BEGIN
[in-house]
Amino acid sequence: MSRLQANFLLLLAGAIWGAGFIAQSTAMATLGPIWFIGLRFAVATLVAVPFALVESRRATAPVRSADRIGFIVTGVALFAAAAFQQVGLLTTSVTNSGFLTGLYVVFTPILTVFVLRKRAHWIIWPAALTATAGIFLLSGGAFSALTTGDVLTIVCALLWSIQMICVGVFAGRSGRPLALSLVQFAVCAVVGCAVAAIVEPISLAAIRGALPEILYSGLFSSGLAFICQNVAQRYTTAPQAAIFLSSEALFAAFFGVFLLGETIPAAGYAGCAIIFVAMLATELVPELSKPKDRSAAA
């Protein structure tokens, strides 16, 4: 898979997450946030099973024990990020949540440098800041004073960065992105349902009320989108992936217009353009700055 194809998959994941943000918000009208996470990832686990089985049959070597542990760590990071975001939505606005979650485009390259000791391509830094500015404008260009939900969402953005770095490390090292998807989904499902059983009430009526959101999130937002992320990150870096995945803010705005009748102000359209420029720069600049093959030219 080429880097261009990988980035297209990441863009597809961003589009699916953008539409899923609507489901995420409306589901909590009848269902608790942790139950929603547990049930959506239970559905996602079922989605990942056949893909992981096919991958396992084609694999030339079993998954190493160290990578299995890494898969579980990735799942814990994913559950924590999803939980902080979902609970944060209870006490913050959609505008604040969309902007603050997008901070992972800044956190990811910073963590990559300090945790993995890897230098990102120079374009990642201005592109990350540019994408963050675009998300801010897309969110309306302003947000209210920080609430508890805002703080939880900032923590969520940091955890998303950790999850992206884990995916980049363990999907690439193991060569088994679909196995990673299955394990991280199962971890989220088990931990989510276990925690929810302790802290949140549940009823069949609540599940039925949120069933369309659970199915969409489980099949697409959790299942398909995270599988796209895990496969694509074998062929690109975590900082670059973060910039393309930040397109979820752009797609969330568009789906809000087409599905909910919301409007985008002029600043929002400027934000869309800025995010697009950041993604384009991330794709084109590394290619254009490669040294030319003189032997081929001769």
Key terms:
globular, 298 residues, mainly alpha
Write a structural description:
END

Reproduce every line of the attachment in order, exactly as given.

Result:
[in-house]
Amino acid sequence: MSRLQANFLLLLAGAIWGAGFIAQSTAMATLGPIWFIGLRFAVATLVAVPFALVESRRATAPVRSADRIGFIVTGVALFAAAAFQQVGLLTTSVTNSGFLTGLYVVFTPILTVFVLRKRAHWIIWPAALTATAGIFLLSGGAFSALTTGDVLTIVCALLWSIQMICVGVFAGRSGRPLALSLVQFAVCAVVGCAVAAIVEPISLAAIRGALPEILYSGLFSSGLAFICQNVAQRYTTAPQAAIFLSSEALFAAFFGVFLLGETIPAAGYAGCAIIFVAMLATELVPELSKPKDRSAAA
């Protein structure tokens, strides 16, 4: 898979997450946030099973024990990020949540440098800041004073960065992105349902009320989108992936217009353009700055 194809998959994941943000918000009208996470990832686990089985049959070597542990760590990071975001939505606005979650485009390259000791391509830094500015404008260009939900969402953005770095490390090292998807989904499902059983009430009526959101999130937002992320990150870096995945803010705005009748102000359209420029720069600049093959030219 080429880097261009990988980035297209990441863009597809961003589009699916953008539409899923609507489901995420409306589901909590009848269902608790942790139950929603547990049930959506239970559905996602079922989605990942056949893909992981096919991958396992084609694999030339079993998954190493160290990578299995890494898969579980990735799942814990994913559950924590999803939980902080979902609970944060209870006490913050959609505008604040969309902007603050997008901070992972800044956190990811910073963590990559300090945790993995890897230098990102120079374009990642201005592109990350540019994408963050675009998300801010897309969110309306302003947000209210920080609430508890805002703080939880900032923590969520940091955890998303950790999850992206884990995916980049363990999907690439193991060569088994679909196995990673299955394990991280199962971890989220088990931990989510276990925690929810302790802290949140549940009823069949609540599940039925949120069933369309659970199915969409489980099949697409959790299942398909995270599988796209895990496969694509074998062929690109975590900082670059973060910039393309930040397109979820752009797609969330568009789906809000087409599905909910919301409007985008002029600043929002400027934000869309800025995010697009950041993604384009991330794709084109590394290619254009490669040294030319003189032997081929001769």
Key terms:
globular, 298 residues, mainly alpha
Write a structural description: